He ate very often now. Francis had told him to eat more, and maybe in his mind this wasn't anything bad, maybe he though he was helping himself. Maybe he had even unconsciously caused his own insomnia, but the fact of the matter was that it had gotten out of hand. Though, Arthur didn't see that. He couldn't see that. He didn't even know anything was wrong. If this kept up. . .

As the depression kept creeping up on him, everyday growing stronger and stronger, Arthur's habits grew worse. He didn't think about what he was doing. Not one bit. After a while of eating so often, and so much, not even his body, which had been weak and twig like only a few months before, knew what to do. It wasn't that Arthur was in bad shape, at least not when it came to his own personal needs such as hygiene, food, or water, but more the fact that he was unable to see what he was doing. He was unable to noticing that he was over eating, and that he wasn't sleeping enough. It was like the whole form of his depression had flipped and now it was the exact opposite of what it had been. An insomniac who fills his lack of willingness with food. . .

It seemed almost impossible that Arthur did not see what he was doing, but in fact it was. Every morning, when he woke from his few hours, or no hours of sleep at all, he took a shower, just like he usually would. During that time he passed in front of a mirror many, many times, but not once did he look at himself and take a second glance. Nothing seemed to be out of place to him. Nothing at all. It was as if life had gone on being normal again, even though he still felt like absolute shit. Sometimes he would even go to meetings, but no one pointed out a difference in him. Not one person. Had it been because of what the Prime Minister had told them when he checked up on Arthur last? Or did all of them figure it was because of what happened to America?

Sometimes the feelings within himself grew so bad that he reverted back to cutting again. Somedays he spent hours just trying to atone for the things he had done, hoping, begging that cutting himself like he was would make up for it. He was trying to make himself feel better, trying to make all the pain inside himself go away, and for awhile. . . At least, maybe a few seconds; a few minutes; it did. The pain went away. If only for such a small amount of time. If only for such a small amount of time he felt better. . .

No matter how many times he looked at himself, no matter how many times he passed in front of that mirror every morning, nothing seemed off to him. In his eyes, he looked normal, like he did everyday. A strong man with no physical issues; one who was in shape with nothing to worry about; one who knew how to use his fists if ever needed. Though, thats not what the mirror saw. The mirror reflected an image that was much, much different. How couldn't Arthur have known that he had not only gained his own wight back, but now had gone beyond that? He couldn't he have know? How couldn't he have seen? How much worse would it have to get for him to notice that something wasn't right with himself? How much more would he have to gain? Just how much?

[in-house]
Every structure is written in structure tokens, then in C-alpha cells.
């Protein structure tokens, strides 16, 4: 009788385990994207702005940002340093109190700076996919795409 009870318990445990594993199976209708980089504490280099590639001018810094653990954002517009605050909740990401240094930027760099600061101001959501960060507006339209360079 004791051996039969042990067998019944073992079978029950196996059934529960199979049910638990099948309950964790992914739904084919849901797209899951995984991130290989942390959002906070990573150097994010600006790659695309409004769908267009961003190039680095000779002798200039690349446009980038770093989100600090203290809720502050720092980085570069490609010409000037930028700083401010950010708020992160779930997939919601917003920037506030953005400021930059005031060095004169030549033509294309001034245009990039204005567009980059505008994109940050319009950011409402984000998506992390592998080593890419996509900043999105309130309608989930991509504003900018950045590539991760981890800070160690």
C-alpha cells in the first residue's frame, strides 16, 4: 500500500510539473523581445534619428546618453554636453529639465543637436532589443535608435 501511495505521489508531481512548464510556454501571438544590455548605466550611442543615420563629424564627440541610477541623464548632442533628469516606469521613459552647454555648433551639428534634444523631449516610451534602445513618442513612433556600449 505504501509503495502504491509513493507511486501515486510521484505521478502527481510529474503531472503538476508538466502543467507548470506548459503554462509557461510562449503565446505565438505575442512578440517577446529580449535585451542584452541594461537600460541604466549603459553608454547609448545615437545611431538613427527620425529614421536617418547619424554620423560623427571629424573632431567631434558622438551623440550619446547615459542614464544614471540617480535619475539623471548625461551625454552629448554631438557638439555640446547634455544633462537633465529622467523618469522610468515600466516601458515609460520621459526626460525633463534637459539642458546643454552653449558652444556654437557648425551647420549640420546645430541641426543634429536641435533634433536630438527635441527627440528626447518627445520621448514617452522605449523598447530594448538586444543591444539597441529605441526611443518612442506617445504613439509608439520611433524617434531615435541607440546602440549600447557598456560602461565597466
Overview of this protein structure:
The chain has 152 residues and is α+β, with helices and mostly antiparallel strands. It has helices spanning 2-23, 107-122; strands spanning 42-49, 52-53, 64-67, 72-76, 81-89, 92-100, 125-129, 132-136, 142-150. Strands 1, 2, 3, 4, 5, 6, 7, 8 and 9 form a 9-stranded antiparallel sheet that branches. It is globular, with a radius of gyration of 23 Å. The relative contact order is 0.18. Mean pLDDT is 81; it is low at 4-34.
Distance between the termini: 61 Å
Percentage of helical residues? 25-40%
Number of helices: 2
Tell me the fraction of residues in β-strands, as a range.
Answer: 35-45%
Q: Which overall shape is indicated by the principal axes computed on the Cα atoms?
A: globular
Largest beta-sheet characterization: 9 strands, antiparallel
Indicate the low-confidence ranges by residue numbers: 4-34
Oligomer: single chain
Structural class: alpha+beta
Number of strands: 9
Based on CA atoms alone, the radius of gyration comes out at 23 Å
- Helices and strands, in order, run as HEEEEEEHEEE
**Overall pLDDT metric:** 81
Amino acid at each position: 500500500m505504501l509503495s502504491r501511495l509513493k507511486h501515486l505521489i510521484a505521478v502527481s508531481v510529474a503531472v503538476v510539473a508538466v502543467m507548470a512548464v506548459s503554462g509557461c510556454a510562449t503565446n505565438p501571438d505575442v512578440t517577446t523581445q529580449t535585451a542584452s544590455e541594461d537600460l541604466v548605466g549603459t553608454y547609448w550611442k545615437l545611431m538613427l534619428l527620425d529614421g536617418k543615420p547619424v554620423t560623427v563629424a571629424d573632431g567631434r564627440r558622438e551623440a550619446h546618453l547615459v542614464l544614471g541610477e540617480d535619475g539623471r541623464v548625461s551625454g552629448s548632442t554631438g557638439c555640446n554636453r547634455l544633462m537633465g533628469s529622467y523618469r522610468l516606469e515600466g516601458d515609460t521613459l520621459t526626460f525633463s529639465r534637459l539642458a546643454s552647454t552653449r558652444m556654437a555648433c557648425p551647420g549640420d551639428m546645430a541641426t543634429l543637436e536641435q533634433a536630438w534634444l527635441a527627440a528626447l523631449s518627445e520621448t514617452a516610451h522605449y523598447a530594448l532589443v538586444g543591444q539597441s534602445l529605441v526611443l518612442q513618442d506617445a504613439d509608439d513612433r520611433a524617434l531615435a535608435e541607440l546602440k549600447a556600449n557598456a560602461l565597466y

Sometime in the long, drawn out weeks of nothing, Arthur had gotten a call from Francis. It had seemed that he wanted to speak with both the Englishman and their close Canadian friend, Matthew. However, it took Francis quite the time to explain exactly why he called for this three-way, personal meeting and why he wanted to have it take place London of all places. If Francis was the one hosting it, why did he have it in England and not France?

The only excuse that was told to Arthur was that England was in between France and Canada, but that of course was a pretty big lie. Arthur knew that couldn't have been it. Francis was probably still worried about him, though why should he be? Arthur was just fine, at least thats what he thought. No matter though, Arthur agreed to meet. The meeting seemed to be about the situation in America and how they wanted their governments to work with the situation, because Francis felt like all three of them wished to help. So, the best thing to do would be to discus it between them, right?

Francis had chosen a private building, one that wasn't the Englishman's house, feeling the Brit may have felt like he was being intruded on much to often lately. The building was somewhere on the outskirts of London, away from almost anything else. For some reason, it was a decent middle class home. . . Arthur seemed to have been the last of the three to get there, even though he lived in London. For some reason the two got there before him though. Odd. He walked inside, finding the other two sitting at a table in what seemed to be the dinning room of the home.

"Hello?" Arthur said, walking farther into the room and trying to get the others attention.

Both quickly looked behind them. For some reason, Matthew looked like he had just seen a ghost, and Francis stared at him in awe.

"Angleterre!" Francis shouted, jumping up from his seat and running over to the Brit, "What happened to you⁈"

Arthur raised an eyebrow, "What?"

"What do you mean 'what'?" Francis asked, giving the Brit quite a worried look, "Haven't you seen yourself recently?"

Arthur glared at him and moved to his seat, "Yes, and I have no idea what you are concerned about."

"Arthur!" Matthew said, standing up from his seat as Arthur sat down, "How do you not notice this? Do you not care?"

Francis went back to his seat and eyed Arthur curiously as he pulled lightly on Matthew's arm to tell him to sit, "Angleterre. . . You don't notice anything off? Anything weird?"

The Brit rolled his eyes, "No. Stop acting like there is."

"But there is something wrong, Arthur," Matthew pleaded. He too was still having a hard time with Alfred's death, and seeing Arthur in such shape was killing him. Francis had told him things about what Arthur had done to himself, and he couldn't believe some of it. This whole death thing, it was even worse when it was another country. No one took the time to ask Matthew how he felt about it, besides Francis, but he too was trying his best to fight off depression. So, seeing Arthur like this, so wrapped up in it, was extremely difficult. If Arthur gave into it, why couldn't he. . ? No. He wouldn't. Arthur had it much worse then he did, and he needed to keep his mind thinking straight in order to help all of them. But if he got aggravated at Arthur, it wasn't his fault. . . Was it? Because he could feel himself getting angry at him. So very angry.